I am relieved to hear the Russia has called off its invasion of Georgia, although whether actions on the ground will match the words emanating from Moscow remains to be seen. But I am very, very depressed at the pusillanimous reaction to Russian aggression in what used to be called the Free World. Far too many are rushing to blame the victims. A perfect example of this mindset is this column by Newsweek‘s Michael Hirsch. He begins, “There is no excusing Vladimir Putin’s bloody invasion of Georgia,” but then he proceeds to offer one excuse after another. “Since the cold war ended,” he writes, “the United States has been pushing the buttons of Russian frustration and paranoia by moving ever further into Moscow’s former sphere of influence. And we have rarely stopped to consider whether we were overreaching, even as evidence mounted that the patience of a wealthier and more assertive Russia was wearing very thin.”
My only fear at this point is that . . . we may goad the Bushies and neocons into finding some kind of military escalation that would bring in the US. The US has no rational basis to be as committed to Georgia as Russia is; and has very little moral standing to protest an invasion of a sovereign country.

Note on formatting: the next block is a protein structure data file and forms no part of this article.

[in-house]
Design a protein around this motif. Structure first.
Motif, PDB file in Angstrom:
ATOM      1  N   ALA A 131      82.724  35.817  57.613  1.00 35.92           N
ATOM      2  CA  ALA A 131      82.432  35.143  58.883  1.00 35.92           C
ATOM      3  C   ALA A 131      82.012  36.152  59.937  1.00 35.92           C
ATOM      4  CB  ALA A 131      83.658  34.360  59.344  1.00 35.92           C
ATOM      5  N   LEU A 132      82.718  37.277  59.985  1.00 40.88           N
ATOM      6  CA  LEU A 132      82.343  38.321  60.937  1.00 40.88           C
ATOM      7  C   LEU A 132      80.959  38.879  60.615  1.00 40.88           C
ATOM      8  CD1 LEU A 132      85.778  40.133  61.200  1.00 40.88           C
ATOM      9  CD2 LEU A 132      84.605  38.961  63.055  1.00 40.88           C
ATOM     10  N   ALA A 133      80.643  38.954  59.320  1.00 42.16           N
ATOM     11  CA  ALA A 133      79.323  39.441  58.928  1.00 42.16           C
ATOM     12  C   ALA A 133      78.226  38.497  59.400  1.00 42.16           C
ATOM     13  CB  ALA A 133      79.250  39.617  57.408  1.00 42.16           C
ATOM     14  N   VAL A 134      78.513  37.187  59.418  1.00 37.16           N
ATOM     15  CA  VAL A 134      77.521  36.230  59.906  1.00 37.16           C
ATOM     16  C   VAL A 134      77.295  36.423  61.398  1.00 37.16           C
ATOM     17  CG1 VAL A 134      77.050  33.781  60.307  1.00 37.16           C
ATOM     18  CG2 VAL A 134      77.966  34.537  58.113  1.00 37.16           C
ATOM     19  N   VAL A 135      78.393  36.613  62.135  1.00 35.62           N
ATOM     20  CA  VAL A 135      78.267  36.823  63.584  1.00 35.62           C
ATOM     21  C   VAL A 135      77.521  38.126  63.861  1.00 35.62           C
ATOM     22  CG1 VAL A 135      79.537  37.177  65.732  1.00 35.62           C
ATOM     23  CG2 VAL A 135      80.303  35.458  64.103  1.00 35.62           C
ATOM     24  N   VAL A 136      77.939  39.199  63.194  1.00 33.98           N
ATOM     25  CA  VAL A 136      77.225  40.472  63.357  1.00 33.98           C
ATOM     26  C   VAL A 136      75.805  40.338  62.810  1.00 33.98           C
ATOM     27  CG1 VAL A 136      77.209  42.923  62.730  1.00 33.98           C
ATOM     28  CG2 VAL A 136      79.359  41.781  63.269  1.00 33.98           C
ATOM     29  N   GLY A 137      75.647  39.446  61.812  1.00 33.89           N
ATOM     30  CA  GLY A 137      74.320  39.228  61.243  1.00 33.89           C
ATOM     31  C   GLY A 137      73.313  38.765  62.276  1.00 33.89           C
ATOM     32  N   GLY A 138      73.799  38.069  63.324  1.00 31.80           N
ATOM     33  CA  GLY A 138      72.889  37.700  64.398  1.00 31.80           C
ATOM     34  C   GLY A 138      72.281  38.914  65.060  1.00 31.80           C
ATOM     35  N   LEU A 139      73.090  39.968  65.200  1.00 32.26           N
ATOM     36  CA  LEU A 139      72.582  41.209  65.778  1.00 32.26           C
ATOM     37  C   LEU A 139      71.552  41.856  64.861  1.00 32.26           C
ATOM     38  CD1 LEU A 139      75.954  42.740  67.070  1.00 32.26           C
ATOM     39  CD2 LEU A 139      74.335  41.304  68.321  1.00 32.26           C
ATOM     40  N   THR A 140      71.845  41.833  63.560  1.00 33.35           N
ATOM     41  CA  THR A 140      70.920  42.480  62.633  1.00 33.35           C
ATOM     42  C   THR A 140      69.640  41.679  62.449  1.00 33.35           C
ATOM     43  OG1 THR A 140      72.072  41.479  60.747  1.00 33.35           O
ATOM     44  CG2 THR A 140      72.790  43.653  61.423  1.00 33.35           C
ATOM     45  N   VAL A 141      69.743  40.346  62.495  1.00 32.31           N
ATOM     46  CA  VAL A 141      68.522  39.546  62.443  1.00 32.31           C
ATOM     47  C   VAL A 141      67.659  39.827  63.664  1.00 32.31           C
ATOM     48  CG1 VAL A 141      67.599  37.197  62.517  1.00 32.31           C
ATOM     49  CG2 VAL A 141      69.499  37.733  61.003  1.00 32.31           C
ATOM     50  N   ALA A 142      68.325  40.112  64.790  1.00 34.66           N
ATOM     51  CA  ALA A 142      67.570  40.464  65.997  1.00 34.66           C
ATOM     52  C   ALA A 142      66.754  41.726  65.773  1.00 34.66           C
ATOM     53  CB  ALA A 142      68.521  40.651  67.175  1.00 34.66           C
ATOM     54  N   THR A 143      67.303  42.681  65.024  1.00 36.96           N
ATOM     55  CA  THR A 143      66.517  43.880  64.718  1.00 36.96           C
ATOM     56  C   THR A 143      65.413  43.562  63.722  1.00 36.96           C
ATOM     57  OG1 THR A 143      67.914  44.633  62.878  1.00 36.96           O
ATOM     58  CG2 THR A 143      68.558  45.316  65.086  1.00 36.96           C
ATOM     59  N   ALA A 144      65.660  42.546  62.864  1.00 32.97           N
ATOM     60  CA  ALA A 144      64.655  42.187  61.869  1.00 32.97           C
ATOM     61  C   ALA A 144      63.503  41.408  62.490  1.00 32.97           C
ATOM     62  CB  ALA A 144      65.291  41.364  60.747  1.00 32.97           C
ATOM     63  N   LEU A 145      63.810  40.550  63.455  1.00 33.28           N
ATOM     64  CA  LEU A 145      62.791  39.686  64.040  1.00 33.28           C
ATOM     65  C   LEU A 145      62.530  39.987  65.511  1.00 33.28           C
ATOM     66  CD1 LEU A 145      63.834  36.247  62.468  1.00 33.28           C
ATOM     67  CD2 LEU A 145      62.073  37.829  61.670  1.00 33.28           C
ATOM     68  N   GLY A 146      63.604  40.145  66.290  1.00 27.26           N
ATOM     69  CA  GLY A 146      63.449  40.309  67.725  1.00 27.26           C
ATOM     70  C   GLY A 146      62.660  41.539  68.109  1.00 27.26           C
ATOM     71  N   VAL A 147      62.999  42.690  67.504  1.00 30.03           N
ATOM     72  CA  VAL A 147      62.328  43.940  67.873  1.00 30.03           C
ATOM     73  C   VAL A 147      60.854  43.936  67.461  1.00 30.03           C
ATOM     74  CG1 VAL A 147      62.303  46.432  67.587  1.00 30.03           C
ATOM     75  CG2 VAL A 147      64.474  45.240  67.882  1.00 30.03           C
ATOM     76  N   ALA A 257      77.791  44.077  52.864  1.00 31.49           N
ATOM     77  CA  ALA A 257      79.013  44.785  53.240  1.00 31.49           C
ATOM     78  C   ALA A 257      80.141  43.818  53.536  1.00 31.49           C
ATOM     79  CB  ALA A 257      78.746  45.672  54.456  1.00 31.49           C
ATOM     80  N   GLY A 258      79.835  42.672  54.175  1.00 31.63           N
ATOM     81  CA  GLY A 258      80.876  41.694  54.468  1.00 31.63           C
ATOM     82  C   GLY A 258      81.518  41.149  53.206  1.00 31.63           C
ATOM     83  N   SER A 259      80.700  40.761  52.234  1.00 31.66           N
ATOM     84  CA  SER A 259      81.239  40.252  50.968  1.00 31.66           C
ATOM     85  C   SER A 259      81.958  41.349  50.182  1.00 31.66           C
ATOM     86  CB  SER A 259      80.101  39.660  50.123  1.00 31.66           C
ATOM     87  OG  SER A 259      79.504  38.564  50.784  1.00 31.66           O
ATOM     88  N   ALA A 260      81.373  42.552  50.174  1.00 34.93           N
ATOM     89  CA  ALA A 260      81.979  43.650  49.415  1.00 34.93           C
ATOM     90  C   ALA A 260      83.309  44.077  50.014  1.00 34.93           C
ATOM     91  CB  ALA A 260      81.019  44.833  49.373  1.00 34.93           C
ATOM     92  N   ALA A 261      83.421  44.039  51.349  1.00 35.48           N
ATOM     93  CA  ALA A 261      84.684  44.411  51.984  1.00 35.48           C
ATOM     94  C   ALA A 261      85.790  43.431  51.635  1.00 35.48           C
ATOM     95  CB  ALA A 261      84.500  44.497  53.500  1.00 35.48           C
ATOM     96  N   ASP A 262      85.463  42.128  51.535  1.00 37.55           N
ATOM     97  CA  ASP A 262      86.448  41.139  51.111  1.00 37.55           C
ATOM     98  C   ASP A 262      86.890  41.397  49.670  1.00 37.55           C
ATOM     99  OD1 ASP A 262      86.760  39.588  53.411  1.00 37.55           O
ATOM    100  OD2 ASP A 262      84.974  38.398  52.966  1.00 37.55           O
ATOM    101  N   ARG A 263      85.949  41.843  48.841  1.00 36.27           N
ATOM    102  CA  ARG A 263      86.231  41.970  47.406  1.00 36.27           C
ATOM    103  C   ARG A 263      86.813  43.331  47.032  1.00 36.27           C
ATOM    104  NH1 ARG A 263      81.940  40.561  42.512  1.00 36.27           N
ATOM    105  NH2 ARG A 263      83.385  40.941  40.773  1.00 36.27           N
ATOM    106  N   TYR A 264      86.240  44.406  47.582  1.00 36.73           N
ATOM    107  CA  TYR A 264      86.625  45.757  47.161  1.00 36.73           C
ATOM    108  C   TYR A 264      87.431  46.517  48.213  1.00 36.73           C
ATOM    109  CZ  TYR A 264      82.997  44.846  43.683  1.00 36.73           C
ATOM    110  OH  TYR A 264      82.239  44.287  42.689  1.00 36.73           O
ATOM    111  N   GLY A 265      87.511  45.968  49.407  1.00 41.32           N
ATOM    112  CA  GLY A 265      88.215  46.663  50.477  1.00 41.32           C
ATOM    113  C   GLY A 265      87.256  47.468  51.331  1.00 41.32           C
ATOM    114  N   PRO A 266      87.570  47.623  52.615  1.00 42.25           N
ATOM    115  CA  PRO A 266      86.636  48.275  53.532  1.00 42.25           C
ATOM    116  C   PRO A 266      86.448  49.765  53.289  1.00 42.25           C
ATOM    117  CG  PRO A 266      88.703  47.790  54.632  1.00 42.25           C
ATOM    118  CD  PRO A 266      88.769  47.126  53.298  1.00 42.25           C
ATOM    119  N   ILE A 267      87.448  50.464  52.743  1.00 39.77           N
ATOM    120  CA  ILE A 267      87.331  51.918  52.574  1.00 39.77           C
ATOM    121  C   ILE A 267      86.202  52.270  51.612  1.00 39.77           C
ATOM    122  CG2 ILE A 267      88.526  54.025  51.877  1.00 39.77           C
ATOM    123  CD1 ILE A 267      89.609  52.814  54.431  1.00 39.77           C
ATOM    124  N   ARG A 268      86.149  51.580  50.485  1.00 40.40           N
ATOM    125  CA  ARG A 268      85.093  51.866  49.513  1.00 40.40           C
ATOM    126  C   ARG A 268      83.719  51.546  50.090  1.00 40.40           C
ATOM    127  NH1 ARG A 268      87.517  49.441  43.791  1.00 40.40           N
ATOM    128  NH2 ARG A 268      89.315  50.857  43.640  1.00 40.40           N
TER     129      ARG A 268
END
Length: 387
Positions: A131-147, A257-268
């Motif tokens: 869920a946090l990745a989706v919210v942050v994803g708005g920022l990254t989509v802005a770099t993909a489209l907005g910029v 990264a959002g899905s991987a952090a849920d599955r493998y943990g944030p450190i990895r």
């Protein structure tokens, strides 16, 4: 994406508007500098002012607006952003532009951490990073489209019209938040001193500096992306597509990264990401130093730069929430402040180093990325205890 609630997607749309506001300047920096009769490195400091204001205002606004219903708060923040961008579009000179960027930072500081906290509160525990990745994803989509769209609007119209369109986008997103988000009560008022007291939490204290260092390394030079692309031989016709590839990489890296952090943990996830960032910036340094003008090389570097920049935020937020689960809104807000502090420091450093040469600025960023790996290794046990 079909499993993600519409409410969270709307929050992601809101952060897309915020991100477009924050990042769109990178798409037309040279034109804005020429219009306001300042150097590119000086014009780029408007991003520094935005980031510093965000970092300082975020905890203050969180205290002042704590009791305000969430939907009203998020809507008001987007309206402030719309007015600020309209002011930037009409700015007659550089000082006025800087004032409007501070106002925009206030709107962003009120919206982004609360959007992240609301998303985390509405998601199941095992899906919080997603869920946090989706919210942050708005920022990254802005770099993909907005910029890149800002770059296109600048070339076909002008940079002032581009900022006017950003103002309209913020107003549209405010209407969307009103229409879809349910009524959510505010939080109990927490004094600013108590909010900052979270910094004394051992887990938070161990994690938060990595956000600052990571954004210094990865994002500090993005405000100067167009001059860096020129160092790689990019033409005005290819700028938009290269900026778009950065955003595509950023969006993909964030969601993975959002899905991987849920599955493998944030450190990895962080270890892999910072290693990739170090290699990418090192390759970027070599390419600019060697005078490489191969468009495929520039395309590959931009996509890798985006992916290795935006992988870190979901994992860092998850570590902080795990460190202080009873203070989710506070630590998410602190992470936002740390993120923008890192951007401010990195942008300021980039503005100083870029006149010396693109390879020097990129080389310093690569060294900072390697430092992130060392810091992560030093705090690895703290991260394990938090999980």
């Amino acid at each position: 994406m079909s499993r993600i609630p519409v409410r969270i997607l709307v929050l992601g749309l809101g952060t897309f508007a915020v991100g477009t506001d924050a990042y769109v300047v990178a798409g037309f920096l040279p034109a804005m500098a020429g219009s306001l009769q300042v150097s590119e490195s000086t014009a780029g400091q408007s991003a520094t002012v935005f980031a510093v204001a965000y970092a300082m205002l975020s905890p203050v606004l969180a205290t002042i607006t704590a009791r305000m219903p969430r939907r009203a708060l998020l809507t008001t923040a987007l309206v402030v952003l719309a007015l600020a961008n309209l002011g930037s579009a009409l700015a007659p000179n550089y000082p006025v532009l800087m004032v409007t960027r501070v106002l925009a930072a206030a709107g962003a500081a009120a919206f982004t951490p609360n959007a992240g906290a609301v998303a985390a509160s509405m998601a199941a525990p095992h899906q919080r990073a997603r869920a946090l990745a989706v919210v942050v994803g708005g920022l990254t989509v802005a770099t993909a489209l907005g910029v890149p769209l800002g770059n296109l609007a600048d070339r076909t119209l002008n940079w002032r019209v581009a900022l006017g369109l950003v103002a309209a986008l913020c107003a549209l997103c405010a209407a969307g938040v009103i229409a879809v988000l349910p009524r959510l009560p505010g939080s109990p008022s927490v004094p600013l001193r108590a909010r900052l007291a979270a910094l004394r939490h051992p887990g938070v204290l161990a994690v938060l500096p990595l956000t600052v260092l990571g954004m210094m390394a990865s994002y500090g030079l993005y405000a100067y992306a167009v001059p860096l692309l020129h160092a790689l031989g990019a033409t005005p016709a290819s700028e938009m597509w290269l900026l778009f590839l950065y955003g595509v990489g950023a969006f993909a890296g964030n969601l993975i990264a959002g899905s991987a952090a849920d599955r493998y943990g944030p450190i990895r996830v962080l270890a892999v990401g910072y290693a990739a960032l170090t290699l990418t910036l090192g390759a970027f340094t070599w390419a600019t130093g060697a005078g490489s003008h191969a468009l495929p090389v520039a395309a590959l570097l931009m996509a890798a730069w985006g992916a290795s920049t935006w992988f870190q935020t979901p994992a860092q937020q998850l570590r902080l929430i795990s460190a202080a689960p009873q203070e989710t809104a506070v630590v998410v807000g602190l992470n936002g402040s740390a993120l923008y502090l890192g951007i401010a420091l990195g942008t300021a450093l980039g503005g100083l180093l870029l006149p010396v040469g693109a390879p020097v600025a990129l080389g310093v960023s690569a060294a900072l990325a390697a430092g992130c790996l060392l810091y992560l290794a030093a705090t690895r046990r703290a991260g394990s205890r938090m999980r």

This is very much the prevailing sentiment in Western Europe, where the elites think the current fighting was the fault of the Georgian government for daring to challenge the Russian bear. This Wall Street Journal article offers telling examples:
“In the minds of the Western European countries, Georgia has been rash “in trying to take control of South Ossetia through military force, said Sergio Romano, a former Italian ambassador to NATO and Moscow. “This will harden attitudes” in France, Germany and Italy.
Georgia’s military move last week was “not terribly wise,” said one U.K. official, who declined to be named.
There is no doubt that Georgia’s president, Mikhail Saakashvili, has made miscalculations. Certainly he did not intend for Russian troops to overrun a good chunk of his country. Perhaps he shouldn’t have responded to Russian provocations at all, but at some point Russian incursions would have become intolerable, with Georgian sovereignty lost bit by bit. The Kremlin clearly was spoiling for war, and it got what it wanted. Blaming the Georgians for not doing a better job of appeasing Moscow is akin to blaming the Czechs for not doing a better job of appeasing Berlin over the Sudeten Germans. Everyone understands the dangers of appeasement–but only in retrospect. In the present day it’s alive and well.